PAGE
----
Dirty Oil

By Katherine Bourzac

Description text

Equipment used by oil-sand miners includes tractors with top-mounted radiators and cooling fans to protect their engines from oil particles and sludge, thousand-metric-ton shovels, and the Caterpillar 797. This colossal dump truck weighs more than 500 metric tons when empty. When its tires wear out after about a year, they are reused as cattle feeders.

Producing crude oil from the Alberta sands is an energy-­intensive process. Giant digging and transportation machines use commensurately large amounts of fuel. Refining and welling technologies consume roughly 300 cubic meters of natural gas per barrel of recovered oil. Environmental watchdogs estimate that, as a result, producing a barrel of oil from the Alberta sands releases two to three times the volume of greenhouse gases that traditional oil production would. By 2015, production from the oil sands is projected to release 94 megatons of greenhouse gases.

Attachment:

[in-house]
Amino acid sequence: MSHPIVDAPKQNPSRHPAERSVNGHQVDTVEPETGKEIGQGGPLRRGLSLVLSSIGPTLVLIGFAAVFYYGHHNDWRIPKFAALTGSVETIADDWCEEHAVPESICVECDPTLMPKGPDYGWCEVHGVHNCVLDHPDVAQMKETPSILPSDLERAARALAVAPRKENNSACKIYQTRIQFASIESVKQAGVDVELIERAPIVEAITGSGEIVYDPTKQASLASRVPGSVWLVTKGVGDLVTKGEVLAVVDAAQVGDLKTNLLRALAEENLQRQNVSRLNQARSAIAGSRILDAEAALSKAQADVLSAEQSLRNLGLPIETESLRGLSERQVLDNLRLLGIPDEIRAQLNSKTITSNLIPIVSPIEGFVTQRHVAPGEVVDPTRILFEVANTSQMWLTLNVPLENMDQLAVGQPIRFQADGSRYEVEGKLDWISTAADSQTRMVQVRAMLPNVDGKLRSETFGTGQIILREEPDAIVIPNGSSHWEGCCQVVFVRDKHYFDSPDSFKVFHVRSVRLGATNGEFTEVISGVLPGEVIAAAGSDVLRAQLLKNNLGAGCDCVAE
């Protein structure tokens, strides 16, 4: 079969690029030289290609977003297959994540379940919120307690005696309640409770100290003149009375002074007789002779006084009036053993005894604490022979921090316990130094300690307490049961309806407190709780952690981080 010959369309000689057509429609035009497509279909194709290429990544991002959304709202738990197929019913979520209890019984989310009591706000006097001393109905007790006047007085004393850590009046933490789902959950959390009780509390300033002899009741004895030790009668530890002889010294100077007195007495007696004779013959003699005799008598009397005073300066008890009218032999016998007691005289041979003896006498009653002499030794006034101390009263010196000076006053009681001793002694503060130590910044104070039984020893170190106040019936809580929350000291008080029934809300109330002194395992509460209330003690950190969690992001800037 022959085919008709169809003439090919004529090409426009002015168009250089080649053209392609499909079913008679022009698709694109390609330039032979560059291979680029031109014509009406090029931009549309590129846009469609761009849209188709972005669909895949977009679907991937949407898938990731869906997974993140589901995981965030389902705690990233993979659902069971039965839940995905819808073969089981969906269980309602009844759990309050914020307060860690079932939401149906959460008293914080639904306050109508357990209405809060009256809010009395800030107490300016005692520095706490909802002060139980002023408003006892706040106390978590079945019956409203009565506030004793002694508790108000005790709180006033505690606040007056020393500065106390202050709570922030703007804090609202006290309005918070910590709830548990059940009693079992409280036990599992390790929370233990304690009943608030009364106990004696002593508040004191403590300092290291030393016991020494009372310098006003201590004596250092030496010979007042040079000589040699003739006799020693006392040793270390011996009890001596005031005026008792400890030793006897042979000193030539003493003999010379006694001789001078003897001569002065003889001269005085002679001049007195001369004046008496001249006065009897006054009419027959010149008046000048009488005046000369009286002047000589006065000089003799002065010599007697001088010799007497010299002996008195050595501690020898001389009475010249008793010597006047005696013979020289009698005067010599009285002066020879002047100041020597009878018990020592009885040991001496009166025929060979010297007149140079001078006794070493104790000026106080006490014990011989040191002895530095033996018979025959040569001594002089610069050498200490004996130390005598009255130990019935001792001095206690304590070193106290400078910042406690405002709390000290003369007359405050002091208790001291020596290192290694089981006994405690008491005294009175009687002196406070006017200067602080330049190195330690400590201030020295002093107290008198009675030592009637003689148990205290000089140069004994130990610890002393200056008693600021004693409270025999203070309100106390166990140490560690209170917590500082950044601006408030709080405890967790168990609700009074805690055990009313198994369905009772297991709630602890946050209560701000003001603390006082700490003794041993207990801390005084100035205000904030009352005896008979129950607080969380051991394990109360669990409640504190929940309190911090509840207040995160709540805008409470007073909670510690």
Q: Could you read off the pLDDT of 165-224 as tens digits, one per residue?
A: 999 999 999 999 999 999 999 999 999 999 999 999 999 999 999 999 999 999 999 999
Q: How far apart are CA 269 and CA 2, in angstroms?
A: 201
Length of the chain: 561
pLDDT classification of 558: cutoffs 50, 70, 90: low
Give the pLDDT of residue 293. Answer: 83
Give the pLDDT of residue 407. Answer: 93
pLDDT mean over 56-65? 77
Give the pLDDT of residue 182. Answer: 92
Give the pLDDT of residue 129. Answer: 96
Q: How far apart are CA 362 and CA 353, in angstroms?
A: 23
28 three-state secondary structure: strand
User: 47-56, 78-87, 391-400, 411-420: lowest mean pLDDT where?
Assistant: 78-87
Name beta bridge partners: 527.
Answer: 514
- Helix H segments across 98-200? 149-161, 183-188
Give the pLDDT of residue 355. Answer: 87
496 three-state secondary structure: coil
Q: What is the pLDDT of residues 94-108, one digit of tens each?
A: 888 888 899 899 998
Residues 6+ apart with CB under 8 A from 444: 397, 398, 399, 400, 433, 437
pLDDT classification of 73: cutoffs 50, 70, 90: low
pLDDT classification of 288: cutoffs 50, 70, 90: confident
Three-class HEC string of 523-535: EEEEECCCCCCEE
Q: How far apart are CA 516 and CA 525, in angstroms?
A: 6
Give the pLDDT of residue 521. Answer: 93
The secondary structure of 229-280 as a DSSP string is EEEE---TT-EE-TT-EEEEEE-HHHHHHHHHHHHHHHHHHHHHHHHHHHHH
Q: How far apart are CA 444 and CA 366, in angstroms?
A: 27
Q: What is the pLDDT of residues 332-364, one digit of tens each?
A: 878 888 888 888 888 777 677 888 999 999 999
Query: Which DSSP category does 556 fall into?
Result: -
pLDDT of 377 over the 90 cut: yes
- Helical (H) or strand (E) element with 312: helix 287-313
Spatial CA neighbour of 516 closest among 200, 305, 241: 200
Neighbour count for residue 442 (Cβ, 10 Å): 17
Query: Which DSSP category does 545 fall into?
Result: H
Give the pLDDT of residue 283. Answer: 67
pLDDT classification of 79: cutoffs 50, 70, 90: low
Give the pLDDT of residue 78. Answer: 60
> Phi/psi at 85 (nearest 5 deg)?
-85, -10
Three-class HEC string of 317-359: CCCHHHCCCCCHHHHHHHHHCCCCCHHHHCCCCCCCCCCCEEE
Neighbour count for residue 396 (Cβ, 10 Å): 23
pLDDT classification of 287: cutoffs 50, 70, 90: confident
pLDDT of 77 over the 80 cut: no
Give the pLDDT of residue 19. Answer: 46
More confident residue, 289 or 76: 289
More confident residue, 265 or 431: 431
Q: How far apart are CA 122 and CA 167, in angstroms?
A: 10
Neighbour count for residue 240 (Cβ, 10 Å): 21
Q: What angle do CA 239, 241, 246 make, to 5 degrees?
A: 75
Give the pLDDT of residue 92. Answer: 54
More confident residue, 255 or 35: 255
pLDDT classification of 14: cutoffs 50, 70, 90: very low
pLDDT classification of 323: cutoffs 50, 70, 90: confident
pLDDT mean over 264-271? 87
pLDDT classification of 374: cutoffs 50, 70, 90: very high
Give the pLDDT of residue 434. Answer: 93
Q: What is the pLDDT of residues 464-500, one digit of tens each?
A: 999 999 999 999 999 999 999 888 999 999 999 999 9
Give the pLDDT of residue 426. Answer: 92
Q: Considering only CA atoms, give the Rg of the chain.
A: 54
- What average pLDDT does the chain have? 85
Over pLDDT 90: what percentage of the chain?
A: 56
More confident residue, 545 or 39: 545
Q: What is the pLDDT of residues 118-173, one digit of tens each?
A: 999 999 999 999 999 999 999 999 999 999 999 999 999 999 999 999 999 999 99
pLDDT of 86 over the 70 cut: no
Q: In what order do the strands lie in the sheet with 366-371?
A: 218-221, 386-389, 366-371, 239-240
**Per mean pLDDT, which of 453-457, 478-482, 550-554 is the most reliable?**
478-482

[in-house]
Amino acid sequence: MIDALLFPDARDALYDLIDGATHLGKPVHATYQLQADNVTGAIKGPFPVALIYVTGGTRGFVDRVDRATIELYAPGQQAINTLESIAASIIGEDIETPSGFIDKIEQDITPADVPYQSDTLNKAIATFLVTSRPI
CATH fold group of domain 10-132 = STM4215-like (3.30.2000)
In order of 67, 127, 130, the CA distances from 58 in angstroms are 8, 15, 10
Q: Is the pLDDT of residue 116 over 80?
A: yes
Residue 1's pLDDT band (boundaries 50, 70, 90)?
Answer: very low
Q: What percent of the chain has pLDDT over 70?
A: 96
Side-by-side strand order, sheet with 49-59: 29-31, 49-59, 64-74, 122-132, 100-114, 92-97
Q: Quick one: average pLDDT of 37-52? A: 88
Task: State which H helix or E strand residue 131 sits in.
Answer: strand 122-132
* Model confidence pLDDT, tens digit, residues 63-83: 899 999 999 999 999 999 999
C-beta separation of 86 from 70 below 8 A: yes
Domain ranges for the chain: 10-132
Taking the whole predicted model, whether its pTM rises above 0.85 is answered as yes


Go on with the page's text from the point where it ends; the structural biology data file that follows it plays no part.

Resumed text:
Oil sand retrieved from surface mining is crushed and then moved to a processing plant via "hydrotransport." As the sand, mixed with water, tumbles through transport pipes, the clumps of bitumen, sand, and water begin to loosen.